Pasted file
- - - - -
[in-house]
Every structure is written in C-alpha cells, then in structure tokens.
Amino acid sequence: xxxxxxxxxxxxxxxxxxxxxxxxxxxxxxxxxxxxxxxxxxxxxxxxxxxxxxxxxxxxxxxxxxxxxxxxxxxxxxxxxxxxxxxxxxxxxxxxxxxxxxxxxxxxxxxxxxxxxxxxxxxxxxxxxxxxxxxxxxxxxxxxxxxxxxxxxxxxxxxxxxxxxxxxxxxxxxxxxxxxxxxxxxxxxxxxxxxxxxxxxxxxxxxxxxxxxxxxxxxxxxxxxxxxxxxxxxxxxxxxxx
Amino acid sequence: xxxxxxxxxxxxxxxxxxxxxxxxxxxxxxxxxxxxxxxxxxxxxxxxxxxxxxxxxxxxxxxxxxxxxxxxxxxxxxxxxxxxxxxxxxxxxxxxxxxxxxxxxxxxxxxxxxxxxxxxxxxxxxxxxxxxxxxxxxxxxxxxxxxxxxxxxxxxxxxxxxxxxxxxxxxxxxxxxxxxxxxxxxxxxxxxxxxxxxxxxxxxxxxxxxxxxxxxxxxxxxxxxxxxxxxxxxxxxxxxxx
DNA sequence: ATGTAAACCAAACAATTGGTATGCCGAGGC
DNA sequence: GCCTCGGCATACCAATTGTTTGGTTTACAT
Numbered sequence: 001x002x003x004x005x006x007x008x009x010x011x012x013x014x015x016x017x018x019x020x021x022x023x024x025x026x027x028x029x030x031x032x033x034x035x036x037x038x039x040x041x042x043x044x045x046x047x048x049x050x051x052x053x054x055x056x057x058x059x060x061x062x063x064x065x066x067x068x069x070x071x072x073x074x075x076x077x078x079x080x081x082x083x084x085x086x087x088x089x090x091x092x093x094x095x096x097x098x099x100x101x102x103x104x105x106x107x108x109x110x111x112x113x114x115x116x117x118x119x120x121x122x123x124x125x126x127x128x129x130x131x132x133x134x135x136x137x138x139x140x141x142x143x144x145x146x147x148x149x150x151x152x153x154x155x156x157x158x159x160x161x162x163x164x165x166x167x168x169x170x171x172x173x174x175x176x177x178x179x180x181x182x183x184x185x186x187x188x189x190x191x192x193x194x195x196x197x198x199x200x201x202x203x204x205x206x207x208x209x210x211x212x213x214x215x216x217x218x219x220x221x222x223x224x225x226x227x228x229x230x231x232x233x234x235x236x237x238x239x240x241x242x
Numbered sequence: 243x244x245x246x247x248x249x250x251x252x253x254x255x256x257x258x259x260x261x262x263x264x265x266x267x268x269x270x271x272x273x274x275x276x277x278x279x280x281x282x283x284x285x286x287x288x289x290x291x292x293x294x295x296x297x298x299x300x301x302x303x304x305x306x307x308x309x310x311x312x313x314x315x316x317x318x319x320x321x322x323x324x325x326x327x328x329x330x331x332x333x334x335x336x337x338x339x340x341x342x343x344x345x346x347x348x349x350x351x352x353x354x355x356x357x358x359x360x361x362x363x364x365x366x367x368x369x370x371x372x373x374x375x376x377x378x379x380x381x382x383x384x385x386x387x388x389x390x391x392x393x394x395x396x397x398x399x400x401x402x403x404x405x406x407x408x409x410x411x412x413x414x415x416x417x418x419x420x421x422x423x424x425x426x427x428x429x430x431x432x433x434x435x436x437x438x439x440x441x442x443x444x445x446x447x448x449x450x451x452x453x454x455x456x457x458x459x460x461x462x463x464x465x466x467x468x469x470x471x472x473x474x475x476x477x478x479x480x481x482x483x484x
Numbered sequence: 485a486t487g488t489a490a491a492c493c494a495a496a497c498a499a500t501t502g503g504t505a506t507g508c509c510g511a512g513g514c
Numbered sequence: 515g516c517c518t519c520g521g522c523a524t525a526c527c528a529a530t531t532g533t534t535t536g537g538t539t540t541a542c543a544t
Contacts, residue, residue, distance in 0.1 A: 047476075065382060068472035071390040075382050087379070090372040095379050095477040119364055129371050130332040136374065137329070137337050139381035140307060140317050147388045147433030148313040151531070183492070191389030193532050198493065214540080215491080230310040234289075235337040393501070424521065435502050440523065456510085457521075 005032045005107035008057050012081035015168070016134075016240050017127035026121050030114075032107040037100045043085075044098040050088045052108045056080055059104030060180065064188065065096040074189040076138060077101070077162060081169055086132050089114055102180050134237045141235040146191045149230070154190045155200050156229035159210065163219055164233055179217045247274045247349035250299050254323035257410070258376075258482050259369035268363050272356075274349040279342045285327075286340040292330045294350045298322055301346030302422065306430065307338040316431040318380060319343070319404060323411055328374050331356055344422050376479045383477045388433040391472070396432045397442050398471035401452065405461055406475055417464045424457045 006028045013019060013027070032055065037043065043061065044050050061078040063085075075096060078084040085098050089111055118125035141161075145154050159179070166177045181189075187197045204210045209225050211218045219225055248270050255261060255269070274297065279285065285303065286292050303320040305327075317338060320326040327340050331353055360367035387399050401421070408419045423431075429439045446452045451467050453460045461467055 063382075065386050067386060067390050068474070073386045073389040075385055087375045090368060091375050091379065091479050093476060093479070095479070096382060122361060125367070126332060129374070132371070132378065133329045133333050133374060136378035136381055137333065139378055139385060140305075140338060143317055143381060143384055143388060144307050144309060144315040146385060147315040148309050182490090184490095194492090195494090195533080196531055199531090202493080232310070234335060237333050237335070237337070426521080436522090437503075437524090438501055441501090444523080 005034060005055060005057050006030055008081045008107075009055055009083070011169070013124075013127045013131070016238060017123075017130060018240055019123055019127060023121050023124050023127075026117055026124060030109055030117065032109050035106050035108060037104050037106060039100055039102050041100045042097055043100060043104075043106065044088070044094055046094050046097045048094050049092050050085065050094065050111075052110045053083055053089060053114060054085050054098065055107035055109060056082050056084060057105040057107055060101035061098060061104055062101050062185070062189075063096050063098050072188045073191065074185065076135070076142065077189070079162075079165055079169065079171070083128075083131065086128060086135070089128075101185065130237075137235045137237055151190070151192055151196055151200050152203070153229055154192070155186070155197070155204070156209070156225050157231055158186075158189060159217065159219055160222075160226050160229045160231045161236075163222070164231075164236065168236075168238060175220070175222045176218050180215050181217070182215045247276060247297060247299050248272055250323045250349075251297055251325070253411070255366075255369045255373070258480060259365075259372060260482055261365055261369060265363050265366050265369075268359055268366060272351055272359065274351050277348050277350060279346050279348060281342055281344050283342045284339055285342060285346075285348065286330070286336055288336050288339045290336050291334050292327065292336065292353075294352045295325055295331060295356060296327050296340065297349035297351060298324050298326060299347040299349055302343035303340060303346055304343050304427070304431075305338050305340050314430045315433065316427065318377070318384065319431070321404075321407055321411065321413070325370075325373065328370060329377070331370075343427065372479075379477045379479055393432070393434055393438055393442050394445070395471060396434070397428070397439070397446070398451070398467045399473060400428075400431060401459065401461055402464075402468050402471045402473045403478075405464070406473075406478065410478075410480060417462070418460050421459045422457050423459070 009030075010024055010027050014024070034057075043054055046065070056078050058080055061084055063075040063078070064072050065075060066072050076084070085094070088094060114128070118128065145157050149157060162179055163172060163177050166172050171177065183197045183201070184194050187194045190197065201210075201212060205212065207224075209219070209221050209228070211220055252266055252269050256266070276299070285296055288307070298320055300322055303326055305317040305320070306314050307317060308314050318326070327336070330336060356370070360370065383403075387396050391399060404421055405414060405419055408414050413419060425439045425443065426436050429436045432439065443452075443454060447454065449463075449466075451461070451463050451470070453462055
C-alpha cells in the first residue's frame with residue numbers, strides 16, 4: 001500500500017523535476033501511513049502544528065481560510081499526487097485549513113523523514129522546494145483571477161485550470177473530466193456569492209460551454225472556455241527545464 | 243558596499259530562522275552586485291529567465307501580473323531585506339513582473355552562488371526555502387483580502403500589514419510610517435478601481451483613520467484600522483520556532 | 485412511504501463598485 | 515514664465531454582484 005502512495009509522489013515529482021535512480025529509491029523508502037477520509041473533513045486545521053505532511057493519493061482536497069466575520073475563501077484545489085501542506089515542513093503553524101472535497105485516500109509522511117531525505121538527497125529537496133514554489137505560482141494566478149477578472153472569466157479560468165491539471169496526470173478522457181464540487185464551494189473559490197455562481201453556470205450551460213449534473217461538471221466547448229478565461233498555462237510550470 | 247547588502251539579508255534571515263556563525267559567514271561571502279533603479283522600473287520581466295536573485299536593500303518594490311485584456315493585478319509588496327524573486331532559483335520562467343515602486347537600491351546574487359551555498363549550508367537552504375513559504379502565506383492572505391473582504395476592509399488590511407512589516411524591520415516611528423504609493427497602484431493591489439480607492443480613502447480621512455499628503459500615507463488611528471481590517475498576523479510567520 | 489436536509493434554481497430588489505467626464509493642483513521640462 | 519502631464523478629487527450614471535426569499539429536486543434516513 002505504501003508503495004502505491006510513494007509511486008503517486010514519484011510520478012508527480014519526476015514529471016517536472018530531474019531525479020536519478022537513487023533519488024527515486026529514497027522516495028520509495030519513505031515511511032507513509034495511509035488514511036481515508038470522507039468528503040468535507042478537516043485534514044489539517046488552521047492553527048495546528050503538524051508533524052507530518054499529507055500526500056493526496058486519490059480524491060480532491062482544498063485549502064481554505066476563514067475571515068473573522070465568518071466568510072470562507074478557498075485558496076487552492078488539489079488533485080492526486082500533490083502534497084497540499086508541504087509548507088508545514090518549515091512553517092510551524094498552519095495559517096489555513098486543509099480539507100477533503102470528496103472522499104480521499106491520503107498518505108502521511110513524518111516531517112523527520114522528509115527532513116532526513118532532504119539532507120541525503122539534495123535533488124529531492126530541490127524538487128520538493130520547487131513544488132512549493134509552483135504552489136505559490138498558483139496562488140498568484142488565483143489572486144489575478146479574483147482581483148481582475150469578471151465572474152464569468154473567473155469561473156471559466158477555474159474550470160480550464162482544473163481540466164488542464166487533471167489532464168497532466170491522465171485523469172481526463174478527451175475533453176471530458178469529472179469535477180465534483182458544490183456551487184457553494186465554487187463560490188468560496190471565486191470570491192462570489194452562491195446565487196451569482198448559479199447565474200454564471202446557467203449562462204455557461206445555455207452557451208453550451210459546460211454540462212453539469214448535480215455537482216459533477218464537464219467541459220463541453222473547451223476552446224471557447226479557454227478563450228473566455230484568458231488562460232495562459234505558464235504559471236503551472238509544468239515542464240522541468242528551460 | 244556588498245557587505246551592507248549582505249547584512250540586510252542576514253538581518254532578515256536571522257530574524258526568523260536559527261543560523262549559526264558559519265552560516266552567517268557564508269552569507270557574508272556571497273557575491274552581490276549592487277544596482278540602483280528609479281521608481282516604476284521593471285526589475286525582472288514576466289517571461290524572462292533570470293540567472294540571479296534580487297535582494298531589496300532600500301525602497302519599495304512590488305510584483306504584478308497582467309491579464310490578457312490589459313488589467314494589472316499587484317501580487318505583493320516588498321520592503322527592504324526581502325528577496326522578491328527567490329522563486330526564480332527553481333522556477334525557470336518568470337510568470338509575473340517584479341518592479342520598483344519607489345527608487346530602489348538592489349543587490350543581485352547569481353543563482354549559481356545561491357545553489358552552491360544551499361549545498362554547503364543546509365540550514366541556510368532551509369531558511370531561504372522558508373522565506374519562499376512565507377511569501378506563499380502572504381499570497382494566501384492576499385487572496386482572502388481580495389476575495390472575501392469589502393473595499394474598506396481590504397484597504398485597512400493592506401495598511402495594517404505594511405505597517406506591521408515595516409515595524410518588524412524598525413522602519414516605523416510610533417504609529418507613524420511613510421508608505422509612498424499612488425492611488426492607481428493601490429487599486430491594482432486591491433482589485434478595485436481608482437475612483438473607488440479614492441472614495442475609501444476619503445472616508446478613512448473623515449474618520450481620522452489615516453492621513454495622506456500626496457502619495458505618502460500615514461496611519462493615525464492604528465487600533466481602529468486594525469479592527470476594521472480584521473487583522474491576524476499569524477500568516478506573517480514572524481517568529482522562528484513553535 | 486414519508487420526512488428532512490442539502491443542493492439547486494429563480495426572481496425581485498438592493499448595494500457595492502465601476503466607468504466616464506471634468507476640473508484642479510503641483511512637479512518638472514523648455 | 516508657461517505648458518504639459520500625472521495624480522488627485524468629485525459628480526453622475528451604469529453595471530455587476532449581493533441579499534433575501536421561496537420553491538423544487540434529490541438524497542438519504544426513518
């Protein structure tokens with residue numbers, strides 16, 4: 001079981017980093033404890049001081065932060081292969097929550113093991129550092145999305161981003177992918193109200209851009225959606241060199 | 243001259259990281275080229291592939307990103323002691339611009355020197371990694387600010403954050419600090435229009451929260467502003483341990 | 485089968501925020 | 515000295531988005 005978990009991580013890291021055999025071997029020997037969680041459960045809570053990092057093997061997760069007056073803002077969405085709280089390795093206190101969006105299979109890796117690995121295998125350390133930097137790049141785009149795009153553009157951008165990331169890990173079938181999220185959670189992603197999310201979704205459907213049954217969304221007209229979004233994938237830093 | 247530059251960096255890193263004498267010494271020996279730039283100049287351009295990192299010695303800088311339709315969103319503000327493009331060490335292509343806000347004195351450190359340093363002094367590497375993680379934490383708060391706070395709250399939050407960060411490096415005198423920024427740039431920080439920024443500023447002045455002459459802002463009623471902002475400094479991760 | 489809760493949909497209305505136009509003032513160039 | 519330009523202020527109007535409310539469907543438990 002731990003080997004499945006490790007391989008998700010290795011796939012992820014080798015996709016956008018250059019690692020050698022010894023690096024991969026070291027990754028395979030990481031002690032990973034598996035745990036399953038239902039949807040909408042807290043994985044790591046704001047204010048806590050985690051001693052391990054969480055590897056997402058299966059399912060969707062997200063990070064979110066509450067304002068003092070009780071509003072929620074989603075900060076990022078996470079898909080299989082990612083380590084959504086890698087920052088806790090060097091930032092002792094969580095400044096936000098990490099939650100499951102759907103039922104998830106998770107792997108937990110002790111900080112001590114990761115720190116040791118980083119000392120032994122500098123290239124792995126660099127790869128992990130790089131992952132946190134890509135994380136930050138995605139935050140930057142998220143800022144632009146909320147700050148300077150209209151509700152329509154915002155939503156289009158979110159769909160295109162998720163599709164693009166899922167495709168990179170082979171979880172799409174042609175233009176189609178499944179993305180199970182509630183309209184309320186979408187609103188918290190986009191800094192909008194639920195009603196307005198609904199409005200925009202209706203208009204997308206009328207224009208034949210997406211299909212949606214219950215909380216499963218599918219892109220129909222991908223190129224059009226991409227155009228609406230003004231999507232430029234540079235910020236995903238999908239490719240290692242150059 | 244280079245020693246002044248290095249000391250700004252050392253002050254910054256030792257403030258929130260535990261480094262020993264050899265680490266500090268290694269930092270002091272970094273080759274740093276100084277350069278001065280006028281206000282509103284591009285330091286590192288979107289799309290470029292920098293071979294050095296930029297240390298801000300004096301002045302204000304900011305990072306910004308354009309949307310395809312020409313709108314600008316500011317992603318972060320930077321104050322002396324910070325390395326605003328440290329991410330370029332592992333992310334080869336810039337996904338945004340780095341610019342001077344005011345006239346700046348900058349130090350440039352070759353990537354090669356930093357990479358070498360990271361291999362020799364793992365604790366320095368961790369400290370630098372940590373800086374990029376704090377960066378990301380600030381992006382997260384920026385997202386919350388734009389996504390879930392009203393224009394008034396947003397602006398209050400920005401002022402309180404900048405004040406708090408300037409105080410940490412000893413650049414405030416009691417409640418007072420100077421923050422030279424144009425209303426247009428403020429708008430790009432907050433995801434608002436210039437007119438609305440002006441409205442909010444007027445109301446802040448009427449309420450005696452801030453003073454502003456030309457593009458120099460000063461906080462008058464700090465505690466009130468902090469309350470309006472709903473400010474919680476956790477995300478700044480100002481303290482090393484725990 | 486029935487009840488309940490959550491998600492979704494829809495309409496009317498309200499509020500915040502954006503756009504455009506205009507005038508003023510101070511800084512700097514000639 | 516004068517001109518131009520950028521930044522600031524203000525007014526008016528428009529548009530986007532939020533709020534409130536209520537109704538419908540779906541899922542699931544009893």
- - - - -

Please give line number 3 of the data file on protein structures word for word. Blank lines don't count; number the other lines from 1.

Amino acid sequence: xxxxxxxxxxxxxxxxxxxxxxxxxxxxxxxxxxxxxxxxxxxxxxxxxxxxxxxxxxxxxxxxxxxxxxxxxxxxxxxxxxxxxxxxxxxxxxxxxxxxxxxxxxxxxxxxxxxxxxxxxxxxxxxxxxxxxxxxxxxxxxxxxxxxxxxxxxxxxxxxxxxxxxxxxxxxxxxxxxxxxxxxxxxxxxxxxxxxxxxxxxxxxxxxxxxxxxxxxxxxxxxxxxxxxxxxxxxxxxxxxx